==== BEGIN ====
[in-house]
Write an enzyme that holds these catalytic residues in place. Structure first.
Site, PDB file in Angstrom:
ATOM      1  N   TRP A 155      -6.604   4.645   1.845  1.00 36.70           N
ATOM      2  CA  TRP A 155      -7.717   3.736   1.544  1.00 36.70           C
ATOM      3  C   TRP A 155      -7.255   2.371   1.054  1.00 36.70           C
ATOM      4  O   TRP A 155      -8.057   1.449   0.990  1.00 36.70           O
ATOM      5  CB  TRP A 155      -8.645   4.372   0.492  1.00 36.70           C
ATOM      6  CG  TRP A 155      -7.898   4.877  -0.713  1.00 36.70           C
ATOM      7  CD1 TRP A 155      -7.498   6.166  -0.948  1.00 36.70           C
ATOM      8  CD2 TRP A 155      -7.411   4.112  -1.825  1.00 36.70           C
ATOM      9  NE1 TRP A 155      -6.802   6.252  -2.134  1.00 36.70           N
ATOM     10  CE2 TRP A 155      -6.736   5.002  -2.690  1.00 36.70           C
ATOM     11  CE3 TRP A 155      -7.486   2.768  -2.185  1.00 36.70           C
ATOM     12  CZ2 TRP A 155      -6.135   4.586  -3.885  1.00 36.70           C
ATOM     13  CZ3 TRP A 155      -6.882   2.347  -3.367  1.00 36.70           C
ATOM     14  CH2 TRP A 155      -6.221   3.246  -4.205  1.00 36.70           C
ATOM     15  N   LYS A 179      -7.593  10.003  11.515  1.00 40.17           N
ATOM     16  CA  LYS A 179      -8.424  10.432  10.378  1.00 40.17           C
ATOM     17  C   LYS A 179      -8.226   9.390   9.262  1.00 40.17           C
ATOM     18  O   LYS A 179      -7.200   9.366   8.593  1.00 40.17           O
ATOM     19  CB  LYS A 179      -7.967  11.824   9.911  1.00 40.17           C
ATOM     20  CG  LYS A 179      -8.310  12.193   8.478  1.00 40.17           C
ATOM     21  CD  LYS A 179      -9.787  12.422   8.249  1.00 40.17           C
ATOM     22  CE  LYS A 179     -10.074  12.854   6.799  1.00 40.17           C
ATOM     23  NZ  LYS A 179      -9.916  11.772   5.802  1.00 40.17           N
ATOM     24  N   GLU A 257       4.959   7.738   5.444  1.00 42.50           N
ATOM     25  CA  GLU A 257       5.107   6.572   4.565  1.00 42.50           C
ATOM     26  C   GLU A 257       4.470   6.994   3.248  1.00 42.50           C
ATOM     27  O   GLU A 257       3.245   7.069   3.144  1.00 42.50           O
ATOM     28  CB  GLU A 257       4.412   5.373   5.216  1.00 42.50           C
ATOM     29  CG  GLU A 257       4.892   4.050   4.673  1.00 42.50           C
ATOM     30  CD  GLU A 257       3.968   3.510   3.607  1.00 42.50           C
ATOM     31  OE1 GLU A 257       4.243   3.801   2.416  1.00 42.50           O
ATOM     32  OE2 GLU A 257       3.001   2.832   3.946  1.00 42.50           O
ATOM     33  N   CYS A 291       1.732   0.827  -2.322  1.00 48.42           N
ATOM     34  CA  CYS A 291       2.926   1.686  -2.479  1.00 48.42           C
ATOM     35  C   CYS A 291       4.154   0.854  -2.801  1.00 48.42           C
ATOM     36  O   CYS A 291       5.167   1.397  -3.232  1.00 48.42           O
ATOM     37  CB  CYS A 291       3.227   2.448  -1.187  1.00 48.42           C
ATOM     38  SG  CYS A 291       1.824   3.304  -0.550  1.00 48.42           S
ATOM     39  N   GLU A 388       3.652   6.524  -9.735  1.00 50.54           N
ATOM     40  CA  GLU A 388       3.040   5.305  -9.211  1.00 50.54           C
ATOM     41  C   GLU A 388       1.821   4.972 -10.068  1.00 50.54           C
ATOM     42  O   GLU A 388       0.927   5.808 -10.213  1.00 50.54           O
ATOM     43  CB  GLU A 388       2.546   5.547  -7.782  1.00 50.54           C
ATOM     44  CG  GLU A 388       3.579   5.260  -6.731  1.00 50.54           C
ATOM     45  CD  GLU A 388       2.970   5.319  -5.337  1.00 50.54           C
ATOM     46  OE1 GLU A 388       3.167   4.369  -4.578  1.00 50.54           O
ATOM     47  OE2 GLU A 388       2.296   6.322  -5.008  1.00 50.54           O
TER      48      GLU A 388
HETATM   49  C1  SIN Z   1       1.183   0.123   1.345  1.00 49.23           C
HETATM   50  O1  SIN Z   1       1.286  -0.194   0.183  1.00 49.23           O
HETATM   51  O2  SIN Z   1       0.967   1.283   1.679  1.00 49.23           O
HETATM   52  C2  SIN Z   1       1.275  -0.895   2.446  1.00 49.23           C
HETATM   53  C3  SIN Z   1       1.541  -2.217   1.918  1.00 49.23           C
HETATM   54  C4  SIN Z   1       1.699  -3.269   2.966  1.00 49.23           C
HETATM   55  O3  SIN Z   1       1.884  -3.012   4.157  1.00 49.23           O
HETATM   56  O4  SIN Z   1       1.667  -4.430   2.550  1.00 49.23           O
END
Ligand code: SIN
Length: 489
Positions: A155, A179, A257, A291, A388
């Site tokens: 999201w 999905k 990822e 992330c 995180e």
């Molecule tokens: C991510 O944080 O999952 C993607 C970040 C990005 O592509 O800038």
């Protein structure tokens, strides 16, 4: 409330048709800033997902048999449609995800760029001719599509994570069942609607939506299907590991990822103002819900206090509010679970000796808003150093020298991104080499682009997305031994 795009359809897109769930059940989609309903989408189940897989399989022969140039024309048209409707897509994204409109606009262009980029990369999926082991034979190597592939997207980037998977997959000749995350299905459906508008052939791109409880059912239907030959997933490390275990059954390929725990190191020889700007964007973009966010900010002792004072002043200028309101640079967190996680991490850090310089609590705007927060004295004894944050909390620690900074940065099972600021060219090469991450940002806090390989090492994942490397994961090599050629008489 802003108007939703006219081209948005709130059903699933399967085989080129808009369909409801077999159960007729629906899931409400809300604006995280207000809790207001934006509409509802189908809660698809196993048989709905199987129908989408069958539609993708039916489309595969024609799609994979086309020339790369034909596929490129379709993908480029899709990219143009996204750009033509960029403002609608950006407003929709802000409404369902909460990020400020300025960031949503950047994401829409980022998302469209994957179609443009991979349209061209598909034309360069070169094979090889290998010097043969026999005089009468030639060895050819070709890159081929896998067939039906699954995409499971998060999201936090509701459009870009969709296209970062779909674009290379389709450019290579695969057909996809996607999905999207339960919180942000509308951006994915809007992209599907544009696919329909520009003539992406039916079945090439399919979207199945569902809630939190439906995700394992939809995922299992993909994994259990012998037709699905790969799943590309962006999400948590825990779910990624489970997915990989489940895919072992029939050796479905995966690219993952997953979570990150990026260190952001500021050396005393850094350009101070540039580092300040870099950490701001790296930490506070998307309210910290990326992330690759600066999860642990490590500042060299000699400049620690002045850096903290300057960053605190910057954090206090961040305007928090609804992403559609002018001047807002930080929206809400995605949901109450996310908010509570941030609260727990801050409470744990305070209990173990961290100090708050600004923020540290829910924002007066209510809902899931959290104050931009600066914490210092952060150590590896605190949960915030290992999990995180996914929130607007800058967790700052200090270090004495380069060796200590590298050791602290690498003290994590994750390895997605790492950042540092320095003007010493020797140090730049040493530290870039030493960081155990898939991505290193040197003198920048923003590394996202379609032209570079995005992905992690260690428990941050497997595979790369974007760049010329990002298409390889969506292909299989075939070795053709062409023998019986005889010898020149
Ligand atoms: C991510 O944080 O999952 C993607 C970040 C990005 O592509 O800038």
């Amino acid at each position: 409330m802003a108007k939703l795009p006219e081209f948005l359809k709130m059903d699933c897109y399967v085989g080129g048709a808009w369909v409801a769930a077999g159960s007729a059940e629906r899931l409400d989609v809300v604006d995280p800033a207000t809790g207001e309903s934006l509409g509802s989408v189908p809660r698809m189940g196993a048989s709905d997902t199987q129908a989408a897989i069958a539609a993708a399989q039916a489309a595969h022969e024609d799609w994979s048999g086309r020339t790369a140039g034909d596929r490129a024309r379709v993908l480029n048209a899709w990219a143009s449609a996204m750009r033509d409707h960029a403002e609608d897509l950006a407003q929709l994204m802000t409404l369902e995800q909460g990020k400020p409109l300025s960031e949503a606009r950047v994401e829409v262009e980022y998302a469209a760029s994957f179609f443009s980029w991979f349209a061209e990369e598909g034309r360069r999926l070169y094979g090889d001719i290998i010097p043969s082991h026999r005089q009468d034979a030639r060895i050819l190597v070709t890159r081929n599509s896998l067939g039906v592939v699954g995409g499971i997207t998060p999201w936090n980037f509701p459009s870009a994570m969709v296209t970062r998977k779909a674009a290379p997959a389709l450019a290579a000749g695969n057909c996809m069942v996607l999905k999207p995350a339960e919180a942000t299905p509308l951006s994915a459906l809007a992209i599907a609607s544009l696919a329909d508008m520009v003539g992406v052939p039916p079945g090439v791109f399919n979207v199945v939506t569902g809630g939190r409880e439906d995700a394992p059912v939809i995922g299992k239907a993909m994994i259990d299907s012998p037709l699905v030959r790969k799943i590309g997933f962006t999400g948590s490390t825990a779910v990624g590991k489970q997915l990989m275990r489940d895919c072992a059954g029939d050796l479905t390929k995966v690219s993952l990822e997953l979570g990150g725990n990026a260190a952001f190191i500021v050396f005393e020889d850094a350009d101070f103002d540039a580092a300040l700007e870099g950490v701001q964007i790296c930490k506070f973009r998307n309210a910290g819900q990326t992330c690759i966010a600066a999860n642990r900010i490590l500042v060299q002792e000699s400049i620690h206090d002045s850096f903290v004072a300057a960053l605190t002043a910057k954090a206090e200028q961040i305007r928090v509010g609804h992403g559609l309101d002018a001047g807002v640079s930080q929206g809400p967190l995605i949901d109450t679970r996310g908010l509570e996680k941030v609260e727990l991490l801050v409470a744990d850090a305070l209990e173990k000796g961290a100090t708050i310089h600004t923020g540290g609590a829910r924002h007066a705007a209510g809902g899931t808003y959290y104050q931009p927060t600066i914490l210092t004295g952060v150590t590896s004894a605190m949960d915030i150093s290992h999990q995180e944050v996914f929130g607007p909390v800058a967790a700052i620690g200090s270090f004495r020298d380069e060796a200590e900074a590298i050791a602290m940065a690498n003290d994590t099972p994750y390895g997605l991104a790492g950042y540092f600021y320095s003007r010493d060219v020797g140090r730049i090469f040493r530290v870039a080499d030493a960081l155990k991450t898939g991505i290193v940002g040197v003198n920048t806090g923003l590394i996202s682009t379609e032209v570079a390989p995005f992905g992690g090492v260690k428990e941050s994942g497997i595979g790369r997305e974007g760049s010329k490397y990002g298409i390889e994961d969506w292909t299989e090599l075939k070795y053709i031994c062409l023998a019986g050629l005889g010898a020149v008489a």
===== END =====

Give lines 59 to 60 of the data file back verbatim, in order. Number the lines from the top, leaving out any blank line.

HETATM   56  O4  SIN Z   1       1.667  -4.430   2.550  1.00 49.23           O
END